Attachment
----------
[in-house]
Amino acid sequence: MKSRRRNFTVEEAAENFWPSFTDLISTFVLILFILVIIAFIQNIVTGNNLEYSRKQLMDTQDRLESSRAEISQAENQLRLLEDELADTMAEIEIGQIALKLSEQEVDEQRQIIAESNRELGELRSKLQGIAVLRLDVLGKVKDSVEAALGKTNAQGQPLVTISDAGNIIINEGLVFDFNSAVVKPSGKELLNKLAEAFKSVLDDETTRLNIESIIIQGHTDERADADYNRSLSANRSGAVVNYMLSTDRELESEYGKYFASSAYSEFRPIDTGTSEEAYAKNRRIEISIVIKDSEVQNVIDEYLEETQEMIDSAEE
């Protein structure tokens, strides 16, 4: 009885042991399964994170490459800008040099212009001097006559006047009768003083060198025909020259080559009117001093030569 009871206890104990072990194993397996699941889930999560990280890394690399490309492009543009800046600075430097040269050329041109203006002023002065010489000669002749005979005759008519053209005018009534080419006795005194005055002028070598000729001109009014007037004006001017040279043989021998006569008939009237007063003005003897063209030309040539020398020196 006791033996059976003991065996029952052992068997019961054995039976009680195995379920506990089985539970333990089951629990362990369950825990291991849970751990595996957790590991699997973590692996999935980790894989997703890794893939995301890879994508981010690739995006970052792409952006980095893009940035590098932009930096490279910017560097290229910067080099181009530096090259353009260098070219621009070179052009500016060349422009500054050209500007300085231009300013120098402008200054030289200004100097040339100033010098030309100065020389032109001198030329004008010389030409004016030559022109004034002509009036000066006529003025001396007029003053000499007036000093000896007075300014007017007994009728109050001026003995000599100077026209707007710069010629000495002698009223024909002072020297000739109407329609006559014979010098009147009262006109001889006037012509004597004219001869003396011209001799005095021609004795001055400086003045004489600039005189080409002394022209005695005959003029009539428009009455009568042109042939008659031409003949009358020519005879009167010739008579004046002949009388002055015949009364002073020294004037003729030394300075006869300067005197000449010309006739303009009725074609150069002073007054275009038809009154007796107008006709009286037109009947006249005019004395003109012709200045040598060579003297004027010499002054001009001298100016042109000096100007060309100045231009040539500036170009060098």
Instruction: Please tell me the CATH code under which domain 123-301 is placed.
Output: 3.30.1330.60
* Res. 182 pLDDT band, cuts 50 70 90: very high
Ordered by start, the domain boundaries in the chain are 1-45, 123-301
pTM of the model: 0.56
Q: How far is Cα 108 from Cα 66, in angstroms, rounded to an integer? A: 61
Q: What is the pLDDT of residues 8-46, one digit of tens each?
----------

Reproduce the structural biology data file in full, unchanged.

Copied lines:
[in-house]
Amino acid sequence: MKSRRRNFTVEEAAENFWPSFTDLISTFVLILFILVIIAFIQNIVTGNNLEYSRKQLMDTQDRLESSRAEISQAENQLRLLEDELADTMAEIEIGQIALKLSEQEVDEQRQIIAESNRELGELRSKLQGIAVLRLDVLGKVKDSVEAALGKTNAQGQPLVTISDAGNIIINEGLVFDFNSAVVKPSGKELLNKLAEAFKSVLDDETTRLNIESIIIQGHTDERADADYNRSLSANRSGAVVNYMLSTDRELESEYGKYFASSAYSEFRPIDTGTSEEAYAKNRRIEISIVIKDSEVQNVIDEYLEETQEMIDSAEE
């Protein structure tokens, strides 16, 4: 009885042991399964994170490459800008040099212009001097006559006047009768003083060198025909020259080559009117001093030569 009871206890104990072990194993397996699941889930999560990280890394690399490309492009543009800046600075430097040269050329041109203006002023002065010489000669002749005979005759008519053209005018009534080419006795005194005055002028070598000729001109009014007037004006001017040279043989021998006569008939009237007063003005003897063209030309040539020398020196 006791033996059976003991065996029952052992068997019961054995039976009680195995379920506990089985539970333990089951629990362990369950825990291991849970751990595996957790590991699997973590692996999935980790894989997703890794893939995301890879994508981010690739995006970052792409952006980095893009940035590098932009930096490279910017560097290229910067080099181009530096090259353009260098070219621009070179052009500016060349422009500054050209500007300085231009300013120098402008200054030289200004100097040339100033010098030309100065020389032109001198030329004008010389030409004016030559022109004034002509009036000066006529003025001396007029003053000499007036000093000896007075300014007017007994009728109050001026003995000599100077026209707007710069010629000495002698009223024909002072020297000739109407329609006559014979010098009147009262006109001889006037012509004597004219001869003396011209001799005095021609004795001055400086003045004489600039005189080409002394022209005695005959003029009539428009009455009568042109042939008659031409003949009358020519005879009167010739008579004046002949009388002055015949009364002073020294004037003729030394300075006869300067005197000449010309006739303009009725074609150069002073007054275009038809009154007796107008006709009286037109009947006249005019004395003109012709200045040598060579003297004027010499002054001009001298100016042109000096100007060309100045231009040539500036170009060098």
Instruction: Please tell me the CATH code under which domain 123-301 is placed.
Output: 3.30.1330.60
* Res. 182 pLDDT band, cuts 50 70 90: very high
Ordered by start, the domain boundaries in the chain are 1-45, 123-301
pTM of the model: 0.56
Q: How far is Cα 108 from Cα 66, in angstroms, rounded to an integer? A: 61
Q: What is the pLDDT of residues 8-46, one digit of tens each?